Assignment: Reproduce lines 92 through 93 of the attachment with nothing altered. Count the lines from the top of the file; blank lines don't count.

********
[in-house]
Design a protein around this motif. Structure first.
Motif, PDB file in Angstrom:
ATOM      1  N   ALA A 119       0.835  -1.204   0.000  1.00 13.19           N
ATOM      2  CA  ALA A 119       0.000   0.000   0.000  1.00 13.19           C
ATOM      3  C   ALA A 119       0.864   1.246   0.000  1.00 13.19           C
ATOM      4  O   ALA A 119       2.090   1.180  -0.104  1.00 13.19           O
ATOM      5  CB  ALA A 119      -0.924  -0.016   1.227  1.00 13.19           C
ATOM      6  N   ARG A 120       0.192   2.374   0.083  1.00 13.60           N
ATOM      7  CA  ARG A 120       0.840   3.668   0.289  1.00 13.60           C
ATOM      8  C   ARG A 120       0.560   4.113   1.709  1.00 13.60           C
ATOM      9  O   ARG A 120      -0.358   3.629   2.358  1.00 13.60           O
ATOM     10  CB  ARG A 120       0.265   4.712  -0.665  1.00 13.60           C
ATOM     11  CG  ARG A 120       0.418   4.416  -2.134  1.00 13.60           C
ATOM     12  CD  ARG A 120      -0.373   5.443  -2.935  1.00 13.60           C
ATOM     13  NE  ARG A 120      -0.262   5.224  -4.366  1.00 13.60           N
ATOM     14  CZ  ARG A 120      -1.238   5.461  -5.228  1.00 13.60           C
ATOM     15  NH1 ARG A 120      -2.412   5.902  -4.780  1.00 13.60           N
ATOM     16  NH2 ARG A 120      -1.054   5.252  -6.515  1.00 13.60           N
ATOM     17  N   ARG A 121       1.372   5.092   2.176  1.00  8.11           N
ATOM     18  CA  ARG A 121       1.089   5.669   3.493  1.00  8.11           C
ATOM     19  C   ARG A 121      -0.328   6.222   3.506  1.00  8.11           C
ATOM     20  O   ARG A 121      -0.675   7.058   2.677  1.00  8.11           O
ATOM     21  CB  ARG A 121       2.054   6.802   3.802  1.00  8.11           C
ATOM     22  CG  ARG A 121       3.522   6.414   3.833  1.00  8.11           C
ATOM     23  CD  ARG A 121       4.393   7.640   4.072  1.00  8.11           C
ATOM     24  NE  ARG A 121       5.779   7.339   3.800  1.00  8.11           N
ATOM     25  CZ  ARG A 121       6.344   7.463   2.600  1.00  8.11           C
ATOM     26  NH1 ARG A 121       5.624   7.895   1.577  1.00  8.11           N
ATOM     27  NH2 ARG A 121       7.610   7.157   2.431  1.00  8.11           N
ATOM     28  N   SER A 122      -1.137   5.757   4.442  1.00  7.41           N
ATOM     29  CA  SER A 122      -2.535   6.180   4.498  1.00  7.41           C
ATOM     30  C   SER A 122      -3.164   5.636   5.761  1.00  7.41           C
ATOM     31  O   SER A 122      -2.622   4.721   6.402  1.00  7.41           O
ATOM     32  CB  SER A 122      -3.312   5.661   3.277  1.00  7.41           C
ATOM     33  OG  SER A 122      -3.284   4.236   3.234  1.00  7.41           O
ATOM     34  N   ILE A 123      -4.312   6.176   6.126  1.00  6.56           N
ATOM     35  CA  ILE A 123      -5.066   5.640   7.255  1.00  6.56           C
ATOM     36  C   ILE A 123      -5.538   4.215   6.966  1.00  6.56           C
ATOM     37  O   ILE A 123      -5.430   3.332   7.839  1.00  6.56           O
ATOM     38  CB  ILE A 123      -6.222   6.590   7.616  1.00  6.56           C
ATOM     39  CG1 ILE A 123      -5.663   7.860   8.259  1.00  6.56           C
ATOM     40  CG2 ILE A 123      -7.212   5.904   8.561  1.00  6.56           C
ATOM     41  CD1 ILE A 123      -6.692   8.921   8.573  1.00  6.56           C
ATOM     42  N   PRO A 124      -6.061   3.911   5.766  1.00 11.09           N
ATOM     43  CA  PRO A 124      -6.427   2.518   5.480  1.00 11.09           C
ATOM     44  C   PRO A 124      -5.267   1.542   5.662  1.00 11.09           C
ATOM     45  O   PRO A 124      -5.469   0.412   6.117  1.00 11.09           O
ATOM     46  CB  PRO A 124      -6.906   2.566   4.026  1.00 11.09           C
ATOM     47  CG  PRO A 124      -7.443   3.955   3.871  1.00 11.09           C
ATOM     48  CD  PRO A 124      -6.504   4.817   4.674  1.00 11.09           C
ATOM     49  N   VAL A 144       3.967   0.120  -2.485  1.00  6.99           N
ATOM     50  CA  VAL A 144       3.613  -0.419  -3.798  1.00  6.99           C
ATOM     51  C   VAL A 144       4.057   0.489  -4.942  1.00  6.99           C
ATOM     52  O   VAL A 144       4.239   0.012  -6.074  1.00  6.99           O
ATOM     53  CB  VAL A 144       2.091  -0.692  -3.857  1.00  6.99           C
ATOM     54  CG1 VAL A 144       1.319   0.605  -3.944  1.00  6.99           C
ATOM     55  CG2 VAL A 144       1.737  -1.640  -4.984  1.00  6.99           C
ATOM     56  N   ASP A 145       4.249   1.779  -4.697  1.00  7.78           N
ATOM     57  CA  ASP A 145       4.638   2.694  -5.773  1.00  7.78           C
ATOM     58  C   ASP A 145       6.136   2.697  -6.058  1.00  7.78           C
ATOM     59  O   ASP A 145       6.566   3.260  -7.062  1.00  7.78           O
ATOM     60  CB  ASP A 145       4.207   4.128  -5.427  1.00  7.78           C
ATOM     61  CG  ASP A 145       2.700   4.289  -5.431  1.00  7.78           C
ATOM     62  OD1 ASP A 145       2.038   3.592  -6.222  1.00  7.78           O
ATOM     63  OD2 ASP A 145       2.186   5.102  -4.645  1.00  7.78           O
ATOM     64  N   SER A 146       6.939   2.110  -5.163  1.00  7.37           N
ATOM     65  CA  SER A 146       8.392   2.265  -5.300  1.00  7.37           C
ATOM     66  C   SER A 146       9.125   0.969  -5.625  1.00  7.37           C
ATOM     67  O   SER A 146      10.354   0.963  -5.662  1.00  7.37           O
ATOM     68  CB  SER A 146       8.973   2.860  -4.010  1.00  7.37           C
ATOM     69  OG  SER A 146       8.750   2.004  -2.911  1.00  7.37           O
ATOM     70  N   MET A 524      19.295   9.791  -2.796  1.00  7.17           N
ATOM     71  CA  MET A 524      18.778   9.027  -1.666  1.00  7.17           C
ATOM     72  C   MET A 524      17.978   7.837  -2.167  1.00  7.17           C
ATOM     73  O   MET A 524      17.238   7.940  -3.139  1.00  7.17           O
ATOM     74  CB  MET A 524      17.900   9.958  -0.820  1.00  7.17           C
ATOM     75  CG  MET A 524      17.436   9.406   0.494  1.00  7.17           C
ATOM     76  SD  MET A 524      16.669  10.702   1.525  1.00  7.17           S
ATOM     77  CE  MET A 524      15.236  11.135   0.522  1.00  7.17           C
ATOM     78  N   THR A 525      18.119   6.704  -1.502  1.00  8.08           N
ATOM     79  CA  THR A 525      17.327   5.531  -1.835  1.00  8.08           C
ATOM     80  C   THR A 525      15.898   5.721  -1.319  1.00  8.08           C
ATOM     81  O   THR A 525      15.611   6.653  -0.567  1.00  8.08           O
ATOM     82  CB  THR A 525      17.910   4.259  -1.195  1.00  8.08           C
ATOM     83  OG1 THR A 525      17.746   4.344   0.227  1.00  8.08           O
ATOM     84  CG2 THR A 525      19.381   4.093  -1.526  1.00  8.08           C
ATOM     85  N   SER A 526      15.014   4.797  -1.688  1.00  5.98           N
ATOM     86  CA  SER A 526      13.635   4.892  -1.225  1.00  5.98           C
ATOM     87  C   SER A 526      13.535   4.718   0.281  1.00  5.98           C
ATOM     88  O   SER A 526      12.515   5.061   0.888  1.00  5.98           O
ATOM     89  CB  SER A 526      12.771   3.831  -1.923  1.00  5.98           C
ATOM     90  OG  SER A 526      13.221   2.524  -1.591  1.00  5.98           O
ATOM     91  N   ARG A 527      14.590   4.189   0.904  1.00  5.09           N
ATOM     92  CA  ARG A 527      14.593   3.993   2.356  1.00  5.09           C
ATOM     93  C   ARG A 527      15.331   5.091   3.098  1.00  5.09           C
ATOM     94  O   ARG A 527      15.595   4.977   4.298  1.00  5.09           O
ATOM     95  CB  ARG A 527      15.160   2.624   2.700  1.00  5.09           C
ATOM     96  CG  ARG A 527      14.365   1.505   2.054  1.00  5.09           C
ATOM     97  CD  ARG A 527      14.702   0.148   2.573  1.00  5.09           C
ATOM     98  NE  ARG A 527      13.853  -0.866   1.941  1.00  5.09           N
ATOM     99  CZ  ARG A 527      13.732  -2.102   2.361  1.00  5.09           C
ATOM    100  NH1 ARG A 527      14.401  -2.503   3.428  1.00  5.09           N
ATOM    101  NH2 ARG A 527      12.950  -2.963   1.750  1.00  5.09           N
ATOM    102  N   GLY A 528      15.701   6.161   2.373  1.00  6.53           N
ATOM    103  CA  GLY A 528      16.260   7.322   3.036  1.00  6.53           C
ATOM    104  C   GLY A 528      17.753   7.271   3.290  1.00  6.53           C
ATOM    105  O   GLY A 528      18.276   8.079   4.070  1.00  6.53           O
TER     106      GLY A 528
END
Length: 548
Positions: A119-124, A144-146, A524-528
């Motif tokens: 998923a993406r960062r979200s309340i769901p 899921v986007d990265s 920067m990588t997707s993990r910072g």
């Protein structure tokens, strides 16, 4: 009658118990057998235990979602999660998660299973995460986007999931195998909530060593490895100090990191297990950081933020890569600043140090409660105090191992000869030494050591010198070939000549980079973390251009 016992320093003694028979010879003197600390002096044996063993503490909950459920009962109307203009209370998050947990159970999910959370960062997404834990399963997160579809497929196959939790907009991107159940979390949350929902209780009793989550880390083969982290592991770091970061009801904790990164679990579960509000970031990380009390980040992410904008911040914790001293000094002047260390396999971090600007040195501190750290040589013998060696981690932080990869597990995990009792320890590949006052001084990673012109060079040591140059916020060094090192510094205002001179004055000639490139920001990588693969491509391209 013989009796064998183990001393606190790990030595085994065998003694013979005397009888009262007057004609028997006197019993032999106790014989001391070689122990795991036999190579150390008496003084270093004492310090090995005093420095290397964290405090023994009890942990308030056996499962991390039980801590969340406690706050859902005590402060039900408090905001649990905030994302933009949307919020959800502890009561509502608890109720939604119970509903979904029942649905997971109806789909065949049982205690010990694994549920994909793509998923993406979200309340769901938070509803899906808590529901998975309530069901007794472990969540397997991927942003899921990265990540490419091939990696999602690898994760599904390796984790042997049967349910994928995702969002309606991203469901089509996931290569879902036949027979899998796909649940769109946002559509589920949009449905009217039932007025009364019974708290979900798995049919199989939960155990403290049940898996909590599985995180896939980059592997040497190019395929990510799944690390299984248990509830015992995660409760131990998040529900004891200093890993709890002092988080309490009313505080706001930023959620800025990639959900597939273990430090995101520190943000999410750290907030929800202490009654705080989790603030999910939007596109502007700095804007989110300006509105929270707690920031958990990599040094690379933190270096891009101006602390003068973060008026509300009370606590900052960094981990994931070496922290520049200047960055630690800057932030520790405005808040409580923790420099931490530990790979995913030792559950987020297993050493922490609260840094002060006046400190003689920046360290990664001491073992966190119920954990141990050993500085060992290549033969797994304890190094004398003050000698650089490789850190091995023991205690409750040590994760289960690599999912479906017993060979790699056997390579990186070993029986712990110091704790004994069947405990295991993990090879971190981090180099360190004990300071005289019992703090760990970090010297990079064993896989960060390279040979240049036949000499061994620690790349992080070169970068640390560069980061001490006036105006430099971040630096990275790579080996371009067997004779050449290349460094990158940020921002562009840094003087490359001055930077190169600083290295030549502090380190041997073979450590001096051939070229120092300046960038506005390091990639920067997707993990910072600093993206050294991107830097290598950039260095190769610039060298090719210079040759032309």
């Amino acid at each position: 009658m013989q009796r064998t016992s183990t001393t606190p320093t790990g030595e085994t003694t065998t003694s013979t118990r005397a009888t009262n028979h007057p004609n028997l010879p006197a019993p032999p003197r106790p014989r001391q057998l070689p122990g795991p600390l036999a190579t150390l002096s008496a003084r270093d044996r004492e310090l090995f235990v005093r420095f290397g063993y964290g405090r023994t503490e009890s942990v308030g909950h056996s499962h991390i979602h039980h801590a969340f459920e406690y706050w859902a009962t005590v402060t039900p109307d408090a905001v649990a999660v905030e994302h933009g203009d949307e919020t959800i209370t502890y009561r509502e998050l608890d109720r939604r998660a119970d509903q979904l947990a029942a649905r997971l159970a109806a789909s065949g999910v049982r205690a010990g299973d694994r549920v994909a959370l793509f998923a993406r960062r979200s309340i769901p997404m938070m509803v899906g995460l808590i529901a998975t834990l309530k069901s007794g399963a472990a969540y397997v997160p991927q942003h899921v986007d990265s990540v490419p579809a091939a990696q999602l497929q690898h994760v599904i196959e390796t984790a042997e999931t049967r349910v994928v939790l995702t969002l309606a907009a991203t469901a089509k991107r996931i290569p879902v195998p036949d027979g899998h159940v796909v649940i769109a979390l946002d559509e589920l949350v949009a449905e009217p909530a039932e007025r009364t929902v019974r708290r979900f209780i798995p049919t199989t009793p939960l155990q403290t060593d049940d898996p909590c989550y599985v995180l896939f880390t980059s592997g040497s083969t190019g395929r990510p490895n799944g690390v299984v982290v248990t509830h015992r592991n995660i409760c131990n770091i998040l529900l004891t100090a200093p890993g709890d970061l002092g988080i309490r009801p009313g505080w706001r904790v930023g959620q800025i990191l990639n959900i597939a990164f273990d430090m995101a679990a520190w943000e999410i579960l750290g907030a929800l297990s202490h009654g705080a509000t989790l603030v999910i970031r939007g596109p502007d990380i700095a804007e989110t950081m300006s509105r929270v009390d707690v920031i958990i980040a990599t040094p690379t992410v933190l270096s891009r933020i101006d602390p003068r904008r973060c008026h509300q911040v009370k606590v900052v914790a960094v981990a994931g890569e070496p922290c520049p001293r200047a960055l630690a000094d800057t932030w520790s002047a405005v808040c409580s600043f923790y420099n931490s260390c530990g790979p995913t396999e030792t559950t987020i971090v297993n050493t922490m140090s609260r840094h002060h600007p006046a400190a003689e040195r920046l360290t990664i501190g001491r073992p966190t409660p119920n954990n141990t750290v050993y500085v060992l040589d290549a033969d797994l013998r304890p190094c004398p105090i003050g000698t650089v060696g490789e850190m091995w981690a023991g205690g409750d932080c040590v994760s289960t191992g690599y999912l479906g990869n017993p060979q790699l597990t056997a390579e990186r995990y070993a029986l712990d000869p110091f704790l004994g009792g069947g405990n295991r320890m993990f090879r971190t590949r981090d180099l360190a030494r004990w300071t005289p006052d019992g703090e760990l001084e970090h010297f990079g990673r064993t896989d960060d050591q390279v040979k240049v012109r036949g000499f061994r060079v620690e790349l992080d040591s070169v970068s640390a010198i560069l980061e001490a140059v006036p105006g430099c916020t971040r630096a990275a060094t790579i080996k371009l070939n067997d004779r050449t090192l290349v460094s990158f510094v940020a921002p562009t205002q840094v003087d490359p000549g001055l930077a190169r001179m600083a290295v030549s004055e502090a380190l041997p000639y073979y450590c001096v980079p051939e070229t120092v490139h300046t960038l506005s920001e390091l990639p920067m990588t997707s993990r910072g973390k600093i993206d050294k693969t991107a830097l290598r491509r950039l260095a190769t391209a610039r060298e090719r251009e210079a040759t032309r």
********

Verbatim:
ATOM     89  CB  SER A 526      12.771   3.831  -1.923  1.00  5.98           C
ATOM     90  OG  SER A 526      13.221   2.524  -1.591  1.00  5.98           O